But lenders do have a responsibility in this mess. It is their responsibility to their shareholders to see that money is loaned in rational ways. Their shareholders want money, not repossessed homes. I’ve signed two mortgages. Both times the contract was gone through point by point. I think there’s more going on here than what was said in the news report.

    Another thing that concerns me is that companies are advertising interest-only payment loans, with a balloon due at the end of the contract. If I remember, these are the types of loans that caused a lot of people to lose their homes during the Depression.

  9. Rick,

    I agree that the lenders are irresponsible too. So are many real estate agents.

    But I respectfully disagree about education playing a role.

    The first problem is his apparent inability to ask important questions. he just seems to take things as presented without digging deeper.

    If the story is accurate he obviously does not understand the concept of contract law and does not understand interest and debt. These are not difficult concepts and should be hammered home in any educational intitution.


    I agree that housing is too expensive. But part of the problem is this idea people have about borrowing money. They are paid too much because they borrowed too much and it drove the prices up and we will likely see big price correction in some markets. Buyers should have been hemming and hawing. If you bought in 04-05 with nothing down, it might hurt.

  10. “While I can’t believe any lending institution would borrow Shawn this amount of money,…”

    Well, see, they wouldn’t. The institution might LEND him the money, though. Sorry to be so picky, but it’s one of those things that Minnesotans say that drives me crazy.

    However, you’re spot on with the rest of the piece. Why would anyone blindly trust the mortgage company when their reason for existence is to make money off loans? Why bother to read the contract that’s legally and financially binding for 15 or 30 years? Unbelievable how foolish people are when it comes to money. Thanks for calling it like it is.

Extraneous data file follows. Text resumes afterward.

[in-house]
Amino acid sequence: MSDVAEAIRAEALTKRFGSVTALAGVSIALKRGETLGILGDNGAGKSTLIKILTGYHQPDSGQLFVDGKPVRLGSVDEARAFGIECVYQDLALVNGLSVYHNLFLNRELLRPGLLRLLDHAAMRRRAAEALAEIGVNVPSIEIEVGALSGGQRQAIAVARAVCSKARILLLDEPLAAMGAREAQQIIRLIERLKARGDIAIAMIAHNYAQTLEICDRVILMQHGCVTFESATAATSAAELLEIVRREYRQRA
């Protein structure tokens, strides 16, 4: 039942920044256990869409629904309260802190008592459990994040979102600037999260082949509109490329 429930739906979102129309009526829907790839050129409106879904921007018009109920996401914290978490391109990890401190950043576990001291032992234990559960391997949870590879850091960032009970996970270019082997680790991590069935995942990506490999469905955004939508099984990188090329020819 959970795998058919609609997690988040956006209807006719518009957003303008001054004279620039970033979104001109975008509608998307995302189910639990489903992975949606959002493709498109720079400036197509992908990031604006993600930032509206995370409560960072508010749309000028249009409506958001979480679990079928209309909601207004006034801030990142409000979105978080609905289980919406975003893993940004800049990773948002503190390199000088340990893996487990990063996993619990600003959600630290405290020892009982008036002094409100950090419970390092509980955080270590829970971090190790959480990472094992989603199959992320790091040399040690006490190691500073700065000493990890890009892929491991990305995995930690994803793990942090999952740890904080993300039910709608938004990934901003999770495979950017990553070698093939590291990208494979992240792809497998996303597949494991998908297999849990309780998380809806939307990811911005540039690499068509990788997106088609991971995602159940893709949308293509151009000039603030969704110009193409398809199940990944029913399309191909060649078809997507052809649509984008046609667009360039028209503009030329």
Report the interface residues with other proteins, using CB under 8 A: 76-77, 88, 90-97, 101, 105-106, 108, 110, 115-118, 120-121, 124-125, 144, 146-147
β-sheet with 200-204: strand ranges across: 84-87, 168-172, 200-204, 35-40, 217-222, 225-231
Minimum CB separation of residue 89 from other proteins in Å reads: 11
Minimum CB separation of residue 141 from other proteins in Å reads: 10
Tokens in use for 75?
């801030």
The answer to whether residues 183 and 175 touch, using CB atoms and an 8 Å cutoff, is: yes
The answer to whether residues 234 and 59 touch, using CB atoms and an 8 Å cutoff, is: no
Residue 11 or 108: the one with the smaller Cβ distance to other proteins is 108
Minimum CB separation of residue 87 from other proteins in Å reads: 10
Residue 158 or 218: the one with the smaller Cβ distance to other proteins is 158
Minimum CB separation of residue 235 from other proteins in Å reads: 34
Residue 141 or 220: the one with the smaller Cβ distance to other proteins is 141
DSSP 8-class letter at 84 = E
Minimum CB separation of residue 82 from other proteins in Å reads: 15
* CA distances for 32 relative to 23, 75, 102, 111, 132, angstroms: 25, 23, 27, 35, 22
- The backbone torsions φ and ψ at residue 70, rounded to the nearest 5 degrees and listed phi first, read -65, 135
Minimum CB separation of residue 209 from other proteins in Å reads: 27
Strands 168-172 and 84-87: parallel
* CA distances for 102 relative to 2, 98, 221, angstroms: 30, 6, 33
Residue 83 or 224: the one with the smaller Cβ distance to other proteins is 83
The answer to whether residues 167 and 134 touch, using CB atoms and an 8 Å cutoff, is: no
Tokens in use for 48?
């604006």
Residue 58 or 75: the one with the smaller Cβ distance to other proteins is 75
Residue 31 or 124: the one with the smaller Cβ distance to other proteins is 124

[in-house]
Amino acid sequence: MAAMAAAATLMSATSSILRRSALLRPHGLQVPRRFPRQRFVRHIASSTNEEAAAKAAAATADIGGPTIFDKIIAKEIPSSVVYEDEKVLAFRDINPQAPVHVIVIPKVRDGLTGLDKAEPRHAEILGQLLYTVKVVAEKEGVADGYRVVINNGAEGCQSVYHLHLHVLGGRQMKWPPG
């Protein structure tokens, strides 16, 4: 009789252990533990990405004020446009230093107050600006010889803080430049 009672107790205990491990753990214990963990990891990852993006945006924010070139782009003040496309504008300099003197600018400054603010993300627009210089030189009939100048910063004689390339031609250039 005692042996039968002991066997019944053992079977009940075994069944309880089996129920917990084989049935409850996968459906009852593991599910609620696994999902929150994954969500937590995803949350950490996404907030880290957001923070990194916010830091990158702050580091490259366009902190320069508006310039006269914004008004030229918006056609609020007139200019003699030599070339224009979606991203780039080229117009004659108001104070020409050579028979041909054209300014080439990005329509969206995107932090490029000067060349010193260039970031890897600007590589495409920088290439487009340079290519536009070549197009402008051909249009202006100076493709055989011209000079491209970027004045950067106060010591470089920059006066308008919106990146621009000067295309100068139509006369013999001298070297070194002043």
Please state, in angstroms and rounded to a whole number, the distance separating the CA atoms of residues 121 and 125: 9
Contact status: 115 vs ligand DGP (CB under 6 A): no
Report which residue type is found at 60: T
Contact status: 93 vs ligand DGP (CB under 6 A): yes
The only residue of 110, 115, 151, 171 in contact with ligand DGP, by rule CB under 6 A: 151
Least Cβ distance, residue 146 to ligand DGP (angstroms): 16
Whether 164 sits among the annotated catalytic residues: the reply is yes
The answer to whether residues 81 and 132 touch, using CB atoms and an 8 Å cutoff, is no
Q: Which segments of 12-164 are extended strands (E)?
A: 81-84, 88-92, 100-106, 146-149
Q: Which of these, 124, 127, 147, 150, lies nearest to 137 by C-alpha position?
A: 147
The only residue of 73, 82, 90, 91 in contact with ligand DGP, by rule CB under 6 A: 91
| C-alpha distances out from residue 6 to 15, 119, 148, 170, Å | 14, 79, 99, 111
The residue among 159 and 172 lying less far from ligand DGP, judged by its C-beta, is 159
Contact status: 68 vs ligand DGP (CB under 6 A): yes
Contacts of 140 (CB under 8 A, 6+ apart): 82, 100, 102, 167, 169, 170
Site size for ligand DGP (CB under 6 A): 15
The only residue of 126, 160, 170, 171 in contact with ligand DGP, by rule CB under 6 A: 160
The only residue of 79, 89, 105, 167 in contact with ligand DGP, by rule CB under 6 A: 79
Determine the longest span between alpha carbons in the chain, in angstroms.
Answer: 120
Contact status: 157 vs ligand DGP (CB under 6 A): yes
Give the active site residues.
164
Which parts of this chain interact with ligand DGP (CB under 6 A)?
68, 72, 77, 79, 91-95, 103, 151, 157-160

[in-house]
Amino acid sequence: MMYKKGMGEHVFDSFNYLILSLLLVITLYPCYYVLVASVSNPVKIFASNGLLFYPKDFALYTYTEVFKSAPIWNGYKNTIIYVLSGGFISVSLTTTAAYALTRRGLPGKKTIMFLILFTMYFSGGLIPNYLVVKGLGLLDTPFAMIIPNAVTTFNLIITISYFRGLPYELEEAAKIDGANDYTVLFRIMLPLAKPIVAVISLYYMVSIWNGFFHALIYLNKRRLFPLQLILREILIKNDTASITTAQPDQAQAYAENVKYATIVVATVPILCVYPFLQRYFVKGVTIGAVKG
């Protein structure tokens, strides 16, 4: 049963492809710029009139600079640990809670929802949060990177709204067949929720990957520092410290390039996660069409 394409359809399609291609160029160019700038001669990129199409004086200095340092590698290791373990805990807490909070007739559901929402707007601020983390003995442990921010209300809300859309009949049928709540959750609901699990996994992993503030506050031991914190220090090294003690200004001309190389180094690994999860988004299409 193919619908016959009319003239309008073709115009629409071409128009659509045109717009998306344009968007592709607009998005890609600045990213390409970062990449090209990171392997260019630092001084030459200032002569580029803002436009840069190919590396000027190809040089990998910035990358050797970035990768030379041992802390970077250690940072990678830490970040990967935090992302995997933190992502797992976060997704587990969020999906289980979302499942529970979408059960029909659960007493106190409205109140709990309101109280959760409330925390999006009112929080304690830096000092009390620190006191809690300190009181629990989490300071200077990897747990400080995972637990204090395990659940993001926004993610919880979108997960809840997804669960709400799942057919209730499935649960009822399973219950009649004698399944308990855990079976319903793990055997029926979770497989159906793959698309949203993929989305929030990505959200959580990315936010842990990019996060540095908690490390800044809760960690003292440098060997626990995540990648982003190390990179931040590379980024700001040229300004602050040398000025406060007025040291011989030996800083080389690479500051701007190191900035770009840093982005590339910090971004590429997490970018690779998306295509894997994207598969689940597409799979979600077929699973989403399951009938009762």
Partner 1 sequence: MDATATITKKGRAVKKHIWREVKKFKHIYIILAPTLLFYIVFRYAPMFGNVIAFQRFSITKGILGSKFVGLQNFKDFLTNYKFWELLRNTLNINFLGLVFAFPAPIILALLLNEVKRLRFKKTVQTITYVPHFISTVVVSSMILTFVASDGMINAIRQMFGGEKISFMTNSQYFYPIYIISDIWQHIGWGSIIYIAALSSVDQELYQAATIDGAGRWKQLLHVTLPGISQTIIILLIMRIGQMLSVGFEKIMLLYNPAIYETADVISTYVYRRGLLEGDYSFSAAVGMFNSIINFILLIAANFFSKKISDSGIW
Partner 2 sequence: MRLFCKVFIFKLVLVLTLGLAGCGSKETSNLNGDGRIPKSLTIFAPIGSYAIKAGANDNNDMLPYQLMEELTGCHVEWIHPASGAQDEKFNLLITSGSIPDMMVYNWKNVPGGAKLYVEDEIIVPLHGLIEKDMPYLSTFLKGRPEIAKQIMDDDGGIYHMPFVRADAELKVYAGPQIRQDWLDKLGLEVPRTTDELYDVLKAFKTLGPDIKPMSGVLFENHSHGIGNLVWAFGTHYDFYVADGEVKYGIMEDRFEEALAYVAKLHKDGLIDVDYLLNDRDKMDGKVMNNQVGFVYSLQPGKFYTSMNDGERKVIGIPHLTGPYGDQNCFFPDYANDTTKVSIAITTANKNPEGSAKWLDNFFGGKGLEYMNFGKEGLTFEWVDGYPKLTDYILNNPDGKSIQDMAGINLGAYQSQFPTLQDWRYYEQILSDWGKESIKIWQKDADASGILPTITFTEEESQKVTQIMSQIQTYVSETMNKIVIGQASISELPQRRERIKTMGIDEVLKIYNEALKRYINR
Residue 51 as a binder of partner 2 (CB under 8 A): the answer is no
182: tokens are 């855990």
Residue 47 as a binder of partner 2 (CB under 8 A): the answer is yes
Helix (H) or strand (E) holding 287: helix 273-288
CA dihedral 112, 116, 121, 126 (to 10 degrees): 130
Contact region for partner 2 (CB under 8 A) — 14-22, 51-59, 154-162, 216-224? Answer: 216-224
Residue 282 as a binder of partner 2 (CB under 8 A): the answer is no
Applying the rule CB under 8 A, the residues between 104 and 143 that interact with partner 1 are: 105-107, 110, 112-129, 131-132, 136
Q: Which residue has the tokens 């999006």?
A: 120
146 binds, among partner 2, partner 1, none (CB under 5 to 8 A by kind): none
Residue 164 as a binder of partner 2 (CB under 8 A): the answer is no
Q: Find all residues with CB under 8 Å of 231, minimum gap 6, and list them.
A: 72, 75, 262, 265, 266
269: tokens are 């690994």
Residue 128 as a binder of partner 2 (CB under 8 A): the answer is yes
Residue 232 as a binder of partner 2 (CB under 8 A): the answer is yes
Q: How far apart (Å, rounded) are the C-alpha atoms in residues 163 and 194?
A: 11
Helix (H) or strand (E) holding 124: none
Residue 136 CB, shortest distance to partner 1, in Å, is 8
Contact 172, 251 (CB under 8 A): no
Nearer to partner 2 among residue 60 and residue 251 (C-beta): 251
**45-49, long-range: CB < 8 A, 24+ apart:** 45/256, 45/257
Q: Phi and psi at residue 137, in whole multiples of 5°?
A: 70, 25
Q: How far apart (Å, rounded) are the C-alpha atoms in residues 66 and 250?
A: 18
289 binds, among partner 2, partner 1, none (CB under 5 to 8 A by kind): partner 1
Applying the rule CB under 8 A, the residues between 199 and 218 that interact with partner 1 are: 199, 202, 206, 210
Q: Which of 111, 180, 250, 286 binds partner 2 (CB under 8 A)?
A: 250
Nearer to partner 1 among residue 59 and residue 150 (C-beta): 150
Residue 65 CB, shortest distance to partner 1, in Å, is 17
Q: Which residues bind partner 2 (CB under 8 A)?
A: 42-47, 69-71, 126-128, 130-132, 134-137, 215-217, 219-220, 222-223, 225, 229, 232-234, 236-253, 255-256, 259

11. Quoted text:
    >I am baffled by this. While I can’t believe any lending
    >institution would borrow Shawn this amount of money,
    >I am equally baffled by an educated teacher who
    >understands so little about personal finance. I could
    >understand if it was an elderly person, or someone
    >mentally deficient, or even someone unfamiliar with
    >our language and culture, but this guy has no excuse.

    Minnesota grammar point:

    The institution didn’t “borrow” Shawn this amount of money, they “lent” it to him. Shawn “borrowed” the money from the lender.

    I know the term “borrow” is used in this way frequently in the Midwest, but it’s just bad grammar.

    For the record, I’ve got many excellent friends and a wonderful spouse from Minnesota, just pointing out a grammar faux-pas.

  12. BTW, one thing to consider – a lot of the companies WRITING these loans sell them “back east” to various funds about 2.3 seconds after the ink dries. This allows the writers to pocket the “fees”, and removes them from having to deal with the consequences of underwriting bad debt.

    I remember my first mortgage in 1994 – I had to write a letter to an underwriting committee explaining my bad college-age credit card, that I had already paid off. Now you don’t need proof in income? Google “no-doc mortgage” and weep.

  13. I’m feeling contrary today, Steve. Personal finance may have been taught in the guy’s school. We don’t know. When I went to school it was available, but it was an elective. If I had my way it would be required, but so would driver’s ed, which many schools have seen fit to cut.

    Either way, it is an individual’s responsibility to learn all they can when they enter into a contract, just as you did.

    Re Adam’s remarks about housing being too expensive – real estate is worth what someone is willing to pay for it. It may not be affordable for you or me. That doesn’t mean it’s overpriced.

  14. Rick,
    I like it when you’re contrary. It makes me think. There is nothing more boring than having a discussion with a bunch of people that agree.

    I agree it is the individual’s responsibility and maybe that’s what needs to be stressed in school and at home. Maybe I just took another pot shot at the “system.” I like to do that you know.

    About prices,
    I agree with you about prices too. The price is what buyer is willing to pay, nothing more nothing less. My only point was… I believe they have spiraled beyond reason because of loose lending and irresposible borrowing. They’ll come back to earth… in some places.